This from Tim Duy:
Bottom Line: Monetary policy might have a bigger impact on shaping the underlying growth rate of the economy than policymakers believe. Some of what they think is exogenous may be at least in part endogenous. Ultimately, within a certain margin, we will get the economy the Fed wants us to get. And right now we are getting the economy that is defined by central bankers living in mortal fear of any inflation rate greater than 2%. With the exception of a few policymakers, the cost of 2.5% inflation far exceeds the possibility of learning to what degree the underlying structure of the economy is exogenous or endogenous.
I increasingly believe that the Fed made a massive policy error in defining their mandate as 2% inflation. I think they believed it would give them more freedom to use new tools by solidifying inflation expectations. Instead, the target has placed policymakers in a straitjacket. It is Bernanke’s cross of gold.
My only quibble: It´s not that monetary policy “might have a bigger impact” but that it does have. And Tim recognizes that when he writes: “And right now we are getting the economy that is defined by central bankers living in mortal fear of any inflation rate greater than 2%”.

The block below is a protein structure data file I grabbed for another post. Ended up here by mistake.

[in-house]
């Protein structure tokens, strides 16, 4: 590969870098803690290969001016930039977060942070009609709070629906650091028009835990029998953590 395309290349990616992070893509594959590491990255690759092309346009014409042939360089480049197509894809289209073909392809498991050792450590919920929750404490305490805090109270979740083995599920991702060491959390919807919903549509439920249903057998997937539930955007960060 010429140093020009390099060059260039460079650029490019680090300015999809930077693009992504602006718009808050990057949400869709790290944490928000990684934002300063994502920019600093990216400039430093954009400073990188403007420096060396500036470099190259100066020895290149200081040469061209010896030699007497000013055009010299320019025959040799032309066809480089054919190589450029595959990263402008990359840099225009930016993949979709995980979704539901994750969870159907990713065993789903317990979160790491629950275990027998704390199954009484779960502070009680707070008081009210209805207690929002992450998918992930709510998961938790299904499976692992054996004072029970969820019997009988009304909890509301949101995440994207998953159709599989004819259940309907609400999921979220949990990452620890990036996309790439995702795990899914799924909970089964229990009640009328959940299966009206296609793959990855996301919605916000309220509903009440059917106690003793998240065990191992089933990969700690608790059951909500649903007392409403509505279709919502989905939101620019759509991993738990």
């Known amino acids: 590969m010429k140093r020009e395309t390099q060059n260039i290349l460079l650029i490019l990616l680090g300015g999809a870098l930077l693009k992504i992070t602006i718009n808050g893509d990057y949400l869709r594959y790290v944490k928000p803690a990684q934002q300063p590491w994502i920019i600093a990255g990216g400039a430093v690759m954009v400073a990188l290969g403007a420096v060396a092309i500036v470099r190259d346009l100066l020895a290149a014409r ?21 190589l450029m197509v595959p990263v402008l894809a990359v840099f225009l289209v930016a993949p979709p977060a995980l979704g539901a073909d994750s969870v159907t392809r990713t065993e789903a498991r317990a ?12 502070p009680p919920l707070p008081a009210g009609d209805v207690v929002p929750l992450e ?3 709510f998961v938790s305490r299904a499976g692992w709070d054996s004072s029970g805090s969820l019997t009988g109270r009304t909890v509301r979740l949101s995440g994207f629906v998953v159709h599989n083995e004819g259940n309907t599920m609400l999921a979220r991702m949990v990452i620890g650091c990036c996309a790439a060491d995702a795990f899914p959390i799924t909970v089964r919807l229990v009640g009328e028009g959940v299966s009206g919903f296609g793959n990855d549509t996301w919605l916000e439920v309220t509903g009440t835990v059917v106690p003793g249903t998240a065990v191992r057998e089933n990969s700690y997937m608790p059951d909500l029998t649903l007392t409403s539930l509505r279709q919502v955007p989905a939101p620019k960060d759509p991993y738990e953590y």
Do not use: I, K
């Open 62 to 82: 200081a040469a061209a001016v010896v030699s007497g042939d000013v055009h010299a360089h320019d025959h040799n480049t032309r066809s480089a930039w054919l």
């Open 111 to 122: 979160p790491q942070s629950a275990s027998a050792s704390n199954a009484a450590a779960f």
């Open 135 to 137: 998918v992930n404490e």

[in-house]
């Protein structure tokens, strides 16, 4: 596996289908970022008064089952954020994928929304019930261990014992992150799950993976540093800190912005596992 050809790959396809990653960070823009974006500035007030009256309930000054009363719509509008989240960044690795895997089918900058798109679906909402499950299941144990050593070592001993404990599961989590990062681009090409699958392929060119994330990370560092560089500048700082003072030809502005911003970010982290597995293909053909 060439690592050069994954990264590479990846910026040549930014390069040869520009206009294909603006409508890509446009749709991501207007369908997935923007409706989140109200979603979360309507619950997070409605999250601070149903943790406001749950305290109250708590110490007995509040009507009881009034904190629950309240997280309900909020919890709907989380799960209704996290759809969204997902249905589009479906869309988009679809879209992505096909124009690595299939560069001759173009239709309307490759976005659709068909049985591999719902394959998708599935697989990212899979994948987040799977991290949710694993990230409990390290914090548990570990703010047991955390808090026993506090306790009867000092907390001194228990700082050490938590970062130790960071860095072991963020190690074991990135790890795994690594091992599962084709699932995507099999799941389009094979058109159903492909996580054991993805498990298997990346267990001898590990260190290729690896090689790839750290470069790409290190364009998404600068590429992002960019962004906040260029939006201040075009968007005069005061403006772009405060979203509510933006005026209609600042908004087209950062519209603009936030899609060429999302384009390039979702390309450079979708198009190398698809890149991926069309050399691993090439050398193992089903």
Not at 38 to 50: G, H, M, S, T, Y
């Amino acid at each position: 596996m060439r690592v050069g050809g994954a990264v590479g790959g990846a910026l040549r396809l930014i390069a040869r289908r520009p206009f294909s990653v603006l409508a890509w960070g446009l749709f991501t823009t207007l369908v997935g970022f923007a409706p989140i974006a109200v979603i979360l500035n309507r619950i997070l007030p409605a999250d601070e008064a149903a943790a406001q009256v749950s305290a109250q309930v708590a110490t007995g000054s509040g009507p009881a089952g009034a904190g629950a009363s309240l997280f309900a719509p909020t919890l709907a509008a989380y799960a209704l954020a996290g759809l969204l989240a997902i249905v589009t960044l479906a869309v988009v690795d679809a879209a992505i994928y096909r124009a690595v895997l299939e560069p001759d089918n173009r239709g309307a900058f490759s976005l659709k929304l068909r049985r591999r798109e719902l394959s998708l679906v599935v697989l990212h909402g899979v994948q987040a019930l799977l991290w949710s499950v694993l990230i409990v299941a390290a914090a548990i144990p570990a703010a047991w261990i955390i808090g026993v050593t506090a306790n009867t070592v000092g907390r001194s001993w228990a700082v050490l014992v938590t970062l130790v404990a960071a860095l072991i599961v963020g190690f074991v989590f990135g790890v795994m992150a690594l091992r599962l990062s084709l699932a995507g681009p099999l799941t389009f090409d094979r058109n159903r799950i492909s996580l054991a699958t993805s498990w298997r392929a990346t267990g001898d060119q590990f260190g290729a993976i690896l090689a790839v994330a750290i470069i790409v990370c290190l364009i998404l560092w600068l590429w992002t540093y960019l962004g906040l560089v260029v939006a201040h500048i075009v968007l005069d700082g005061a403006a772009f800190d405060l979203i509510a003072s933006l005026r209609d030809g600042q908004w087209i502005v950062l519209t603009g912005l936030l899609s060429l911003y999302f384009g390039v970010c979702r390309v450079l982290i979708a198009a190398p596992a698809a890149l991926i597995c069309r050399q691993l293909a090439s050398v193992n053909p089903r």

In this post I criticize Bernanke´s formal inflation targeting approach:
Note the irony. In trying to avoid the 1970s he (Bernanke) was “presented” with the 1930s! And I think that was because he “misinterpreted” Greenspan´s policy approach. But that´s not surprising because Greenspan himself didn´t know exactly what his “policy approach” was, just that it “worked”!
The panel below, if anything, confirms the view that the “Fed rules”. Since it closely controls nominal spending, it can gear the economy towards rising inflation like in the second half of the 1960´s, to almost perfect nominal stability like in the 1990´s (up to 2006) or to a “Great Recession or Lesser Depression” like after mid-2008.